Another excerpt to peruse. As always, hack away at it with your sharpest blades. I'm leading off with the beginning of Chapter 3, but so as not to disturb continuity too much, here's a synopsis of the end of Chapter 2:
Following where we left off, I go on to argue that our current rise in amateur activity can be attributed, in part, to the "over-education of the middle class," a winking characterization of the enormous increase in undergraduate enrollments that started in the wake of WW II. The argument, to wit, is that as a society we train people to think broadly and critically, and yet we employ them to follow directions and perform a highly limited range of tasks, a vestige of the assembly-line mentality (Fordism) that still dominates our approach to production, be it automobiles or information.
The rest of the chapter goes back to examples, but doesn't make any new points except to show that "amateur" is a designation requiring much latitude these days (am I an "amateur" blogger? I don't get paid for it, though I'm a "professional" writer), and to show that the same rise of amateurism is affecting the sciences as profoundly as the arts. Here's how I summarize the amateurism argument at the end of Chapter 2:
And crowdsourcing has no more regard for professional qualifications than it does nationality. InnoCentive and iStock are pure meritocracies—all that matters is the final product. This is one of its greatest strengths. One revealing MIT study into InnoCentive revealed that solvers were more successful when they had less experience in the relevant discipline. In other words, chemists were better suited to solving life biology problems, and vice-versa. This is less surprising than it seems at first blush. If a P&G chemist could have solved a stubborn predicament in his own field, it would have never wound up posted to InnoCentive’s Website. This is powerful mojo: The untrained are also untainted. Their greatest asset is a fresh set of eyes, which is simply a restatement of the truism that with many eyes, all flaws become evident, and easily corrected. But that concept wasn’t always clear. It took a handful of renegade computer programmers show just how powerful the law of large numbers could be.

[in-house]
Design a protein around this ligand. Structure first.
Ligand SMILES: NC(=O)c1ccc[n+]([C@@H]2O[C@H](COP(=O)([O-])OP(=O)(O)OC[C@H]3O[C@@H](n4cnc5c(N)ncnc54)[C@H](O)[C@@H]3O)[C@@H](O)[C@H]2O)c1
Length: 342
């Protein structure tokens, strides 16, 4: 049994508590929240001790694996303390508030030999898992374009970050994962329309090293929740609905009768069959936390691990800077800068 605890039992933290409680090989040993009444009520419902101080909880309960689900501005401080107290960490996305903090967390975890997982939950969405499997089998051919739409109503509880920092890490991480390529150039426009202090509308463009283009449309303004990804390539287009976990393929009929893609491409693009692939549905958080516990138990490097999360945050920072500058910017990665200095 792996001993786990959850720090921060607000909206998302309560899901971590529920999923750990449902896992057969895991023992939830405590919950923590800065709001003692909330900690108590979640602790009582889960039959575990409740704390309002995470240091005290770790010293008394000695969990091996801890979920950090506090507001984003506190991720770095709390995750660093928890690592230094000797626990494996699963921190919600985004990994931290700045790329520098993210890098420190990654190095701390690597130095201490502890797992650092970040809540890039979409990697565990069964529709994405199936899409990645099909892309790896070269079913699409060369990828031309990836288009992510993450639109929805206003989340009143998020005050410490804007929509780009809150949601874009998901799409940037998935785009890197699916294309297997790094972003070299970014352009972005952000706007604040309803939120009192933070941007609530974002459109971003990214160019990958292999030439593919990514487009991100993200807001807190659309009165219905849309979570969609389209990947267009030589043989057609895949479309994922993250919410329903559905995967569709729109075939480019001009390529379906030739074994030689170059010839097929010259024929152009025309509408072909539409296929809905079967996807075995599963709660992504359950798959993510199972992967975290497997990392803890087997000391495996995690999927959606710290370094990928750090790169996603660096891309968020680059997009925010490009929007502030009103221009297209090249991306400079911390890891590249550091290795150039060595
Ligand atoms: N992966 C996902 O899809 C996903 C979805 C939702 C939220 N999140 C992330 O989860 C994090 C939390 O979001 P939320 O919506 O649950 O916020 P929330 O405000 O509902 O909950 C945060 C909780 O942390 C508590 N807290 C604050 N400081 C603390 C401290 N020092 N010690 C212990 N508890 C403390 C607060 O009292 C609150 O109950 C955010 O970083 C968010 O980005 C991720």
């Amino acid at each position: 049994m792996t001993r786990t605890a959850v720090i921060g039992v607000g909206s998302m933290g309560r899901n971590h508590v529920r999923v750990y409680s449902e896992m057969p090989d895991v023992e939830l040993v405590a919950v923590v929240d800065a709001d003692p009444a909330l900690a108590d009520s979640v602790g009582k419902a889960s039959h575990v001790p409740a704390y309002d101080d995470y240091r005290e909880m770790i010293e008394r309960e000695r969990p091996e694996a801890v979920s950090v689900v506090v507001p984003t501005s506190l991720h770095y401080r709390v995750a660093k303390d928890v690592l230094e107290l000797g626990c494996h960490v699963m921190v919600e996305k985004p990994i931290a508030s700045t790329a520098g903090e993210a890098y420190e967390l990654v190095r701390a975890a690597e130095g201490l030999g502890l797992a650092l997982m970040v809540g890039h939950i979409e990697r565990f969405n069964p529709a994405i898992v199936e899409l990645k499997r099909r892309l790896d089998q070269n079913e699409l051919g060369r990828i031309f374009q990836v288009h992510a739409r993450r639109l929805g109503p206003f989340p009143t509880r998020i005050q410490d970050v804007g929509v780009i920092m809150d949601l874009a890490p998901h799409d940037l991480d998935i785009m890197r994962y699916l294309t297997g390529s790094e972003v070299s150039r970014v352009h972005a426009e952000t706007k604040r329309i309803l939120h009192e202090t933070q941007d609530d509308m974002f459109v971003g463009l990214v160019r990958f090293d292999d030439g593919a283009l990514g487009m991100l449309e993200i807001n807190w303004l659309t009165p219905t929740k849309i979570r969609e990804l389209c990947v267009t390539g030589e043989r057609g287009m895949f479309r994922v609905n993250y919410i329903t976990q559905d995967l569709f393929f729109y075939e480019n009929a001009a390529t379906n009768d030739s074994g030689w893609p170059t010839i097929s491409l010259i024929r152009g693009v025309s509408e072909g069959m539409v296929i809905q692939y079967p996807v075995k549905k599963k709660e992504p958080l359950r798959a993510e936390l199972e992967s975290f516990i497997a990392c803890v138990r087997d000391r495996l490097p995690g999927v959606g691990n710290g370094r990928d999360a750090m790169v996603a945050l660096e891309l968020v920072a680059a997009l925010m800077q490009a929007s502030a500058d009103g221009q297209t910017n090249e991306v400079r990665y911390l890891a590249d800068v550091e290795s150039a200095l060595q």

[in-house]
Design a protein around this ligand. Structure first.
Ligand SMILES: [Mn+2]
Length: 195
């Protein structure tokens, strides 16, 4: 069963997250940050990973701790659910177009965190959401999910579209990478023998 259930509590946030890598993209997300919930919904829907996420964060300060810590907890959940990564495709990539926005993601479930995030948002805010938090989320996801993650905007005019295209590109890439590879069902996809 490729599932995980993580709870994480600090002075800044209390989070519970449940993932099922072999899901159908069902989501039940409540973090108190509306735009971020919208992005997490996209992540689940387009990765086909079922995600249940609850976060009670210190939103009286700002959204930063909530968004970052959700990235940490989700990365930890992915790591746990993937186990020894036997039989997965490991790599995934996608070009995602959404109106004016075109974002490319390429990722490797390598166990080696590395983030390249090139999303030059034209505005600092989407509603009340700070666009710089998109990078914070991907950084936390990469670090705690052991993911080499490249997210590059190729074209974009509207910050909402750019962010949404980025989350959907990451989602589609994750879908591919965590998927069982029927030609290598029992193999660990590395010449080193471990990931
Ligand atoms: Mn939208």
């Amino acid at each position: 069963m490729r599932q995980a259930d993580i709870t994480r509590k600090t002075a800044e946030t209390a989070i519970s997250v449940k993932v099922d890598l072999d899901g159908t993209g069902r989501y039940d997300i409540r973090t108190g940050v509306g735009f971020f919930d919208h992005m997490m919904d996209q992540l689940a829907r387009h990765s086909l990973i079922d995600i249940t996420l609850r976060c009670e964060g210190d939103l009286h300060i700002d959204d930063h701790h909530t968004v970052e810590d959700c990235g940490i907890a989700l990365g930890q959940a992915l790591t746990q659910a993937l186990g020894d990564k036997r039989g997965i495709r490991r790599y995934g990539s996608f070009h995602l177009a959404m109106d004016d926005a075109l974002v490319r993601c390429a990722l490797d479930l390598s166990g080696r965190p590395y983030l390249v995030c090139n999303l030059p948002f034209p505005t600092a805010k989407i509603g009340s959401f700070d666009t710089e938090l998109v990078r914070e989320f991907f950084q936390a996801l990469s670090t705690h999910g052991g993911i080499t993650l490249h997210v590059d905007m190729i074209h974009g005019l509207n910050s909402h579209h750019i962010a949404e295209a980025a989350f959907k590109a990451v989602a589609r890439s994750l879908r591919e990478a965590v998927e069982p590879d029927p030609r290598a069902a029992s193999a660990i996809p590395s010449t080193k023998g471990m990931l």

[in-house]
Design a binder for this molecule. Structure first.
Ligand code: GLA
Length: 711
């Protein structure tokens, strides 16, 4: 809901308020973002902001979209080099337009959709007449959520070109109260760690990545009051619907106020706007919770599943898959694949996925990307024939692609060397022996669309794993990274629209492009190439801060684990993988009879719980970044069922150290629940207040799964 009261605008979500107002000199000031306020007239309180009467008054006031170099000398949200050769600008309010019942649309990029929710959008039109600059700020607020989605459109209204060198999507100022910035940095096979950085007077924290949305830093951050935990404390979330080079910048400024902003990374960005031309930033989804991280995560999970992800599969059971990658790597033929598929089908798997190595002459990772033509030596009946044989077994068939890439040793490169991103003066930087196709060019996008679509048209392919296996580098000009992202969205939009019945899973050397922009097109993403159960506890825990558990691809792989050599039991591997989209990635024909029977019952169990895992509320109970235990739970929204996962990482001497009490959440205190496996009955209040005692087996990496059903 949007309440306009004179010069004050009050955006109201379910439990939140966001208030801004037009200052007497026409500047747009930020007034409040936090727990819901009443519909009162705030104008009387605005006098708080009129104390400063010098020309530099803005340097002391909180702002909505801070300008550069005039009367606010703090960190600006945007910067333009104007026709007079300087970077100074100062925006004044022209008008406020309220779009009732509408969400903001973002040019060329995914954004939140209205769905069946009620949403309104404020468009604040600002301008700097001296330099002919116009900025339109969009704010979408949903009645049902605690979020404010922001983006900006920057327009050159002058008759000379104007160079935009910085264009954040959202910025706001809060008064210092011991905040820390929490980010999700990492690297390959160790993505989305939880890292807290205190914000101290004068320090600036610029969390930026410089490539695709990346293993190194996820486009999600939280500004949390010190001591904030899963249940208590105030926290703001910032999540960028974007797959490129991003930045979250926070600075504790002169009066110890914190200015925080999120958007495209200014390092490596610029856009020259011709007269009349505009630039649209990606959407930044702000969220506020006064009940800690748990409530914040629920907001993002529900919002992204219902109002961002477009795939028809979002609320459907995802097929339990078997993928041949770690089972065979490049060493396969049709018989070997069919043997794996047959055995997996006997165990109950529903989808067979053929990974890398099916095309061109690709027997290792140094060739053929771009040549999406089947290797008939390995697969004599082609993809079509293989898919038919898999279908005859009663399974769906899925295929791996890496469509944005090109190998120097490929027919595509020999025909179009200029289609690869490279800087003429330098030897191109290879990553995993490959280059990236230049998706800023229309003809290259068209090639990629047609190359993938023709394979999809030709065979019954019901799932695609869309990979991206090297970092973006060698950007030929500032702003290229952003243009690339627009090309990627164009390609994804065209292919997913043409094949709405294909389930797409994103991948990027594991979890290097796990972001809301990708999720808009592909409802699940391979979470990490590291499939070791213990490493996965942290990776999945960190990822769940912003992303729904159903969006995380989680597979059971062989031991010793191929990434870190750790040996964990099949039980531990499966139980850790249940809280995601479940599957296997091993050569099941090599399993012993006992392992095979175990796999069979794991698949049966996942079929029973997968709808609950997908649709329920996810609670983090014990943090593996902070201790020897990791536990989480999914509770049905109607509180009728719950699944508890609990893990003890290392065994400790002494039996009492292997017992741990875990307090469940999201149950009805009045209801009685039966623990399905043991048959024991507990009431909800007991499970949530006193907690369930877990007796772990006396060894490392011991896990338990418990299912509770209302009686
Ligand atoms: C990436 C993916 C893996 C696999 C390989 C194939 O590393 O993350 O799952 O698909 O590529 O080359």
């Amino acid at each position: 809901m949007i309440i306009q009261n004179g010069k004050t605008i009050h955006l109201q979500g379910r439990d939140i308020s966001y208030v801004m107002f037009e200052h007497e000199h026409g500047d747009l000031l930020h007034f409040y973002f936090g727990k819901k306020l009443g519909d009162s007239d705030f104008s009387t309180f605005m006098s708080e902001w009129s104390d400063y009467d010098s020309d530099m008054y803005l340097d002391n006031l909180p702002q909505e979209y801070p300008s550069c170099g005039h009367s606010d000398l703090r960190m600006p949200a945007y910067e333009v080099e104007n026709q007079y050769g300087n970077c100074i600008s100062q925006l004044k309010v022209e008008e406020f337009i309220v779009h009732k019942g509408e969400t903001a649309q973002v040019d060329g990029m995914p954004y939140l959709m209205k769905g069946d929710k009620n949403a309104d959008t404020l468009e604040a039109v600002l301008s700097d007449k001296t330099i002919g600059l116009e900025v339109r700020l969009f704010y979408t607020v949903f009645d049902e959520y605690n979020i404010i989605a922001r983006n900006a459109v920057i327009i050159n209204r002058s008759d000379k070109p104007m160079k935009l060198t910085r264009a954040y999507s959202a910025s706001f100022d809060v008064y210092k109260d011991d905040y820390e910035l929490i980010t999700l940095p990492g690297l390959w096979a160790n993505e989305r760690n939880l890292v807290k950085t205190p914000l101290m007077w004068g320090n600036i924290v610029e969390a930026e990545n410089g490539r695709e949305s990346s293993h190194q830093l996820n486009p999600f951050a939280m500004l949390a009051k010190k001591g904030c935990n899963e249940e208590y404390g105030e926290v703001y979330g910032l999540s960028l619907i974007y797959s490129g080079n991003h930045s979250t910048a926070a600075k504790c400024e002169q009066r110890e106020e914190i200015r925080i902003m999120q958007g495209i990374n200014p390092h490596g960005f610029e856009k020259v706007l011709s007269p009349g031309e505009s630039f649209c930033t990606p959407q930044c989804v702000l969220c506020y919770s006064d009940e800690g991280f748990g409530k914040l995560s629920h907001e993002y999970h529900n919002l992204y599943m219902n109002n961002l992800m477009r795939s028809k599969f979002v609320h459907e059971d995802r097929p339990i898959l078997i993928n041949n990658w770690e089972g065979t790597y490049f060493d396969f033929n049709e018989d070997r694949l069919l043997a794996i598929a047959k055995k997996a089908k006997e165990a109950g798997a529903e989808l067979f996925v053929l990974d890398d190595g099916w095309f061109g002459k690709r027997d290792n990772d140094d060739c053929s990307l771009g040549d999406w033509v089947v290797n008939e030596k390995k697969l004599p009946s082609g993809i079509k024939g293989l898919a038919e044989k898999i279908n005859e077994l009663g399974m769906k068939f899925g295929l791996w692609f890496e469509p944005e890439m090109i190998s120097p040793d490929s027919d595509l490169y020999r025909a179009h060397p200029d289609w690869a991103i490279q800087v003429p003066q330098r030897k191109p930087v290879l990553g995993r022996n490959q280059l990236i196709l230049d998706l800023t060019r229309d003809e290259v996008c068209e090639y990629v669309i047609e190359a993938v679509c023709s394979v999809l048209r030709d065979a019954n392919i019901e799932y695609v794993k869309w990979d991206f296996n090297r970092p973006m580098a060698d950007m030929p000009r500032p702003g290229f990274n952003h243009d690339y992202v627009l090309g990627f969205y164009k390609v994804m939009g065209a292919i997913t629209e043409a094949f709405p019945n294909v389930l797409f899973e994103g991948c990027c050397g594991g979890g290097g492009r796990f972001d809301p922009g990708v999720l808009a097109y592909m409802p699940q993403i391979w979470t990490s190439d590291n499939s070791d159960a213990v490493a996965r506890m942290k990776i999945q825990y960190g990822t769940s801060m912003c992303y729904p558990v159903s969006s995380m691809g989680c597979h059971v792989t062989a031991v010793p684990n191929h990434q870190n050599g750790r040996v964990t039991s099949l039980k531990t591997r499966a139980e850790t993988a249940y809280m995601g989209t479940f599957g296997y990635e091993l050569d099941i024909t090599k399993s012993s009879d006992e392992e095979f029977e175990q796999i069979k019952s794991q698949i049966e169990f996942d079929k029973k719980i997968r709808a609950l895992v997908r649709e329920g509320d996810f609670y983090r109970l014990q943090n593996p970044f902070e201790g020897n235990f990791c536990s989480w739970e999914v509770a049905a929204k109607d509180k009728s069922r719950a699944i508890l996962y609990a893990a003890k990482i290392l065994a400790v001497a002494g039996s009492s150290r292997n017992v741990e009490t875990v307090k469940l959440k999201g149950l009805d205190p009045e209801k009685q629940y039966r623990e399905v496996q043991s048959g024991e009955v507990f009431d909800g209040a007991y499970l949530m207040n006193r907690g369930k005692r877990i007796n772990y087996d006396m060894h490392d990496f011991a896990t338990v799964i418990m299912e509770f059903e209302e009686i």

Which brings us to that most fundamental building block of crowdsourcing, the open source software movement. The first bits of Chapter 3 after the jump.
Chapter 3: From So Simple a Beginning
“There is grandeur in this view of life. From so simple a beginning, endless forms most beautiful and most wonderful have been, and are being evolved.” — Charles Darwin
In the beginning, all source code was open source code. This was due more to circumstance than design, but it would nonetheless have considerable consequences far beyond the realm of computer programming. Source code is the English-language commands that, once translated into zeros and ones, tell a computer what to do. Open source code is pretty much what it sounds like—open for anyone to see, copy, tweak and use for whatever purpose they see fit. Because it was open, a spirit of collaboration and free exchange of information developed in computer programming. And because it had been open once, a small group of principled programmers determined that it should stay open. They couldn’t force Microsoft or Sun Microsystems or Apple to reveal their code, but they could create a free and open alternative.
In order to do so, the founders of the open source software movement had to invent a new way to get things done. They couldn’t offer anyone money, and the task before them—to write an entire operating system, requiring millions of programmer-hours—was daunting. Would highly skilled people contribute their spare time to a project that seemed doomed to fail? Actually yes, they would. Many, many people would. And because many people came forward, the burden did not fall heavily on the few. By the early 1990s the crowd had produced its first substantial work—Linux, an operating system superior, in many respects, to the best products of any corporation.
Open source provided a precedent—a proof of concept. If people working in their spare time—stove-top chemists, basement musicians, Sunday photographers—provide the crowdsourcing engine with fuel, it’s the open source software movement that provided it with a blueprint to build from.
No one knew any of this in 1969, of course, when Ken Thompson, a computer programmer with Bell Telephone Laboratories suddenly found himself at loose ends. Thompson had been working on an ambitious, five-year collaboration between MIT, General Electric and Bell. The project was supposed to create a more efficient operating system for the mainframe computers of the era, one that would be capable of performing more than a single task at a time, a limitation that had greatly slowed the processing speed of even the most advanced computers. But instead of efficiency the effort had created chaos. The manual for the operating system ran over 3,000 pages. By that spring Bell had lost faith and pulled out.